I have been playing with monitoring applications and servers for a while now and especially like Prometheus and Grafana.

In this post I’ll explain how I monitor my servers.


My setup consists of two medium powerful servers I installed VirtualBox on. When connecting you can either forward the virtualbox application using ssh -YC (more info on that), or you can use the VBoxManage utility on the command line.

I will be using vi a lot in this tutorial. If you are not familiar with it, I’d like to recommend this funny game to quickly learn the basics. Or just something easy like nano.

When I post configuration file contents or commands, there might be some values wrapped in angle brackets. Those have to be replace with values from your setup that match the description in the brackets.


To make the VM accessable from the internet, you need to buy an IP address from your hosting provider for every VM you want to add (some hosting providers also offer subnets as a whole). I have no idea about IPv6 but it seems like you get a subnet for free.

You simply need to set up a bridged network interface in most cases. Check back with your hosting provider if you are unsure about this.


Obviously, it’s a possible security risk to do the monitoring on public facing network interfaces. But to monitor multiple servers from a single place, it is necessary for the servers to talk to each other. Multiple solutions exist, and I definitely have not tried them all. To connect the servers with each other, I previously used a separate Host-Only-Network adapter in VirtualBox where I connected all the monitoring stuff. This is the way I would still recommend, but I recently switched to using Wireguard, because it is easier and faster to set up and allows cross-host communication. In the best case, the Wireguard variant does a round trip through the hoster’s network (in worse cases it goes further), while the virtual network’s packets stay in the server. (Im not a networking expert though, NICs might be smarter or dumber than I think…)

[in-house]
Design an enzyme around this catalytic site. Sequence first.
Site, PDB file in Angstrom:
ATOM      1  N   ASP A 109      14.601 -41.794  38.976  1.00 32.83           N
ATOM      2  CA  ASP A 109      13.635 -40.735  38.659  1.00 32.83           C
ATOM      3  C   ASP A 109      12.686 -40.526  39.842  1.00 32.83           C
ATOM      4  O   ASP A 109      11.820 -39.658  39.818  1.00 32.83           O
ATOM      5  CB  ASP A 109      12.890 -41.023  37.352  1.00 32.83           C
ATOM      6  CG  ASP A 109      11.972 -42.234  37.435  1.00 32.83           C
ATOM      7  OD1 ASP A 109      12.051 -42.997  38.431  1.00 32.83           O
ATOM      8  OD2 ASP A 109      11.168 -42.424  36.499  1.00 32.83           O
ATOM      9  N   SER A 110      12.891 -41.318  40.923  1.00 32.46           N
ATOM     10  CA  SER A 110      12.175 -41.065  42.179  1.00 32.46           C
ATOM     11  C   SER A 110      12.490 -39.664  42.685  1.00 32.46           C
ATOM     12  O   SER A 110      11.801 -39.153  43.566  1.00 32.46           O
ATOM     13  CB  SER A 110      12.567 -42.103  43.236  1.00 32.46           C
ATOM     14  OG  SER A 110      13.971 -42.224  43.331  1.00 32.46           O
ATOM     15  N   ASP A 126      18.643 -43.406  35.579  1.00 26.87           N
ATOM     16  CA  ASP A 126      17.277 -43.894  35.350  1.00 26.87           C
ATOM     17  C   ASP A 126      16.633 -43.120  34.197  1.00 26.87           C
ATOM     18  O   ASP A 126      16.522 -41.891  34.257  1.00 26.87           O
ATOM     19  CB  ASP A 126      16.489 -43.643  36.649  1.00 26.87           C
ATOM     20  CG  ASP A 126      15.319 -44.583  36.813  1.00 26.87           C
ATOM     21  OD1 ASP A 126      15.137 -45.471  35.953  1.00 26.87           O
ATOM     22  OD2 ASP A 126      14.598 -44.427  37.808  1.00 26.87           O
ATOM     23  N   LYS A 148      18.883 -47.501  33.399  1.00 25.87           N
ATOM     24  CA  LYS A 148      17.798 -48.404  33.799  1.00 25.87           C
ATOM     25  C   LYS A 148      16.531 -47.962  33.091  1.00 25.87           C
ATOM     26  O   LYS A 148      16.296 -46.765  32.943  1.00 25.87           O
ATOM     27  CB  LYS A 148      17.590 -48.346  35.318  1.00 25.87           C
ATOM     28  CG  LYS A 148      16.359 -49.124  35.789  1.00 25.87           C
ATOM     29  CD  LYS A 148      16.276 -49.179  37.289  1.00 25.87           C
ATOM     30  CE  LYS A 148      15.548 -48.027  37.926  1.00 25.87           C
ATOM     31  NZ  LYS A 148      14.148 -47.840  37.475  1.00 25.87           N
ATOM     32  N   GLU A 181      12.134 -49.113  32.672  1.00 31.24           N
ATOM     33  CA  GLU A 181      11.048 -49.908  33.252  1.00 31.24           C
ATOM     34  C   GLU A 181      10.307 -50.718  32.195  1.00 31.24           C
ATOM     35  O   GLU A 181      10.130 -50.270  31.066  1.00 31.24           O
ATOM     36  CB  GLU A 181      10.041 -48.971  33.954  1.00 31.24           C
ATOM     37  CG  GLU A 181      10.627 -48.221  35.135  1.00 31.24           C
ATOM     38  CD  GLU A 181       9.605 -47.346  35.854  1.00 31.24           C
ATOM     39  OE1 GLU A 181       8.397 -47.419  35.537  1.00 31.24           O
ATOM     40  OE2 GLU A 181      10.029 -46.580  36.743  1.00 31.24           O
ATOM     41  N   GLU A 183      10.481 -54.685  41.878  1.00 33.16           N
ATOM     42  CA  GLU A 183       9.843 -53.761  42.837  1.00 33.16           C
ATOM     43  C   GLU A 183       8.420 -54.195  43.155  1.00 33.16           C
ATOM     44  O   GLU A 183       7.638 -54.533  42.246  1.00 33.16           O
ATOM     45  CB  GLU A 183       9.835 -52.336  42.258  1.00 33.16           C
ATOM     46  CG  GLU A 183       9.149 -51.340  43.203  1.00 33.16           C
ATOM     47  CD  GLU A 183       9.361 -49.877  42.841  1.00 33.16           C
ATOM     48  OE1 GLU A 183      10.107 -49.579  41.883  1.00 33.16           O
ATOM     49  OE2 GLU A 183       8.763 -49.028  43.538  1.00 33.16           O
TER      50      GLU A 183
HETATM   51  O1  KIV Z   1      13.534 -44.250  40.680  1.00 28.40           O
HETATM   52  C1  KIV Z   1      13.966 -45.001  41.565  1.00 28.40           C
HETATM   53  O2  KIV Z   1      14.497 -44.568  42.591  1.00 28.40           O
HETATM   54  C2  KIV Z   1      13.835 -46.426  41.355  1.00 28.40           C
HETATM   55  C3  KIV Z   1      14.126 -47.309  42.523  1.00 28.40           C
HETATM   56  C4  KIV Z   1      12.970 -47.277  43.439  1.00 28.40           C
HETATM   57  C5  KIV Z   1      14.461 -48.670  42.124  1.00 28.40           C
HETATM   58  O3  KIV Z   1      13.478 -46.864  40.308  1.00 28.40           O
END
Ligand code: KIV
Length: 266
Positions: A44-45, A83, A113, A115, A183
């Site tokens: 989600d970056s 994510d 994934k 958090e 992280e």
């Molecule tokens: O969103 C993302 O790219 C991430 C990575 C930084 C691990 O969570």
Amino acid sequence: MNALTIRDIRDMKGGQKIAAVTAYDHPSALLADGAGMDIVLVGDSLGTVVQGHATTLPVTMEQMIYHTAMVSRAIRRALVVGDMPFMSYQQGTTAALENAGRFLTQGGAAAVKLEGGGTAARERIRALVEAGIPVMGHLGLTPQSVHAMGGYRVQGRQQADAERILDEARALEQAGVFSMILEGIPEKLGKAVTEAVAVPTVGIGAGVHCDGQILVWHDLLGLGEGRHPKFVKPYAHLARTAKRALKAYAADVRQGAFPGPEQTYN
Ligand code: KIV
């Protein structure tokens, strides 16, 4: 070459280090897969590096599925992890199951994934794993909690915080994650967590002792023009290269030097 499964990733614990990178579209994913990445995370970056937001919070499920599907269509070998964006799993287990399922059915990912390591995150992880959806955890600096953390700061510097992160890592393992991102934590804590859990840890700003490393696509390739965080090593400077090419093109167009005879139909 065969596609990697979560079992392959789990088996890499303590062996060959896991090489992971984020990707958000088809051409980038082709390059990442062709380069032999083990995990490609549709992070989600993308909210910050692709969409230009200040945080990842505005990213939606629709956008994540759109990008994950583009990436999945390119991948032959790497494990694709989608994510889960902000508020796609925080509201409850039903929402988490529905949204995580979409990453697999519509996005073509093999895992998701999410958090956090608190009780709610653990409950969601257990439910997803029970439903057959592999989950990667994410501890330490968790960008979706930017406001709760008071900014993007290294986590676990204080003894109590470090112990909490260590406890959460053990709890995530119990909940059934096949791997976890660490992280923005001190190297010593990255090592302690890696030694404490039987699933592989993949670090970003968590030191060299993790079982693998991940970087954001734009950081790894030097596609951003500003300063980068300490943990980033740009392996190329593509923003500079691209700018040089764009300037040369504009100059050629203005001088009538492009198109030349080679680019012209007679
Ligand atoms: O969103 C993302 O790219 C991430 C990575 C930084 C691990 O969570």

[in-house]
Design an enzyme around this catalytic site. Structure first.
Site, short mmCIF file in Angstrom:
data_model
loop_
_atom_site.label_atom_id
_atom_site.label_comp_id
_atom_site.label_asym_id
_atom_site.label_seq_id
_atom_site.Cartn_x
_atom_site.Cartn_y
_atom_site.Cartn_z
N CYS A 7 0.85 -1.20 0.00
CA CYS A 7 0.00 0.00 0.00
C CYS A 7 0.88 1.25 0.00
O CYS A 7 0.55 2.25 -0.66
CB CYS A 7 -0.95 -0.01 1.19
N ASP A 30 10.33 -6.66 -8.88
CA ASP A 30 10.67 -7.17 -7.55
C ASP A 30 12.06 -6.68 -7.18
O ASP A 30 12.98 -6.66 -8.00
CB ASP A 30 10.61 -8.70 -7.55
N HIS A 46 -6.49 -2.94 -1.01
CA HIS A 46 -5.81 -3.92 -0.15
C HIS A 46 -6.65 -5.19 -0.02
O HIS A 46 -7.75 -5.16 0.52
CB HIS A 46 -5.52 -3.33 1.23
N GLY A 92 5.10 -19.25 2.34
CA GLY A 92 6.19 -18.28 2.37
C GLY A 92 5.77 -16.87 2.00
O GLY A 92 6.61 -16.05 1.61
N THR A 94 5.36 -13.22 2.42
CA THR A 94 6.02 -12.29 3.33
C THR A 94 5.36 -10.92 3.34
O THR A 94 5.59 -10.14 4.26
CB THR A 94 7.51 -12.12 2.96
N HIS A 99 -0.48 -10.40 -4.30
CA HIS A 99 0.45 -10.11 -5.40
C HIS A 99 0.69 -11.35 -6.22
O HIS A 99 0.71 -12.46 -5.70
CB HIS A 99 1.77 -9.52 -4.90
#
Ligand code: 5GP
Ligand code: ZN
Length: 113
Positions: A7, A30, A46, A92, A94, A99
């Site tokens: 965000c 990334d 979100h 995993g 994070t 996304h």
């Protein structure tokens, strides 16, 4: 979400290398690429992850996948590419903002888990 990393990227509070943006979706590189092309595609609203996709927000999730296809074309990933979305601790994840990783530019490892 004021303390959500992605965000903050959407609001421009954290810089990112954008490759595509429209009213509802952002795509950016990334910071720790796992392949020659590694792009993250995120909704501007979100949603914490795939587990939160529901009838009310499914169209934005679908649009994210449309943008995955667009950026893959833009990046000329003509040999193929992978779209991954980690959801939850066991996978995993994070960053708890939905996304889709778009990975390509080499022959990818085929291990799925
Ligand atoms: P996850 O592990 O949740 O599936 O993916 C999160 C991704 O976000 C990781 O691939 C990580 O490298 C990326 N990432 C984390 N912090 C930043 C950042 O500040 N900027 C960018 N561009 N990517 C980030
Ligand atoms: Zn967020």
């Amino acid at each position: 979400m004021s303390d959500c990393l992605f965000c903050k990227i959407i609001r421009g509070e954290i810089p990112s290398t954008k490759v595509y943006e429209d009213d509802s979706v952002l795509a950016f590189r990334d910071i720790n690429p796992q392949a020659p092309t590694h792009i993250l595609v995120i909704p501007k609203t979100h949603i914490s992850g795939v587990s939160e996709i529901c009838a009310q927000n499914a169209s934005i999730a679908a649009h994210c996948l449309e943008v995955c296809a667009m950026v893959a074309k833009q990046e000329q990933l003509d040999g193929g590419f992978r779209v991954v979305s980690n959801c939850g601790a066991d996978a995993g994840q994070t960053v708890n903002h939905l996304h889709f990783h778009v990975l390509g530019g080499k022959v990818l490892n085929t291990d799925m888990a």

To set up the Host-Only-Network, go to the VirtualBox preferences and create a network before trying to change any VM settings (I run into this almost every time). Then set up the network interface as required by your operating system.


To set up Wireguard you can either read the documentation on their website or, if you are on a debian based os (all commands as root, run on every server you want to connect):

  1. Install the requirements for adding ppa repos:
    apt install apt-transport-https software-properties-common
  2. Add the Wireguard ppa repo:
    add-apt-repository ppa:wireguard/wireguard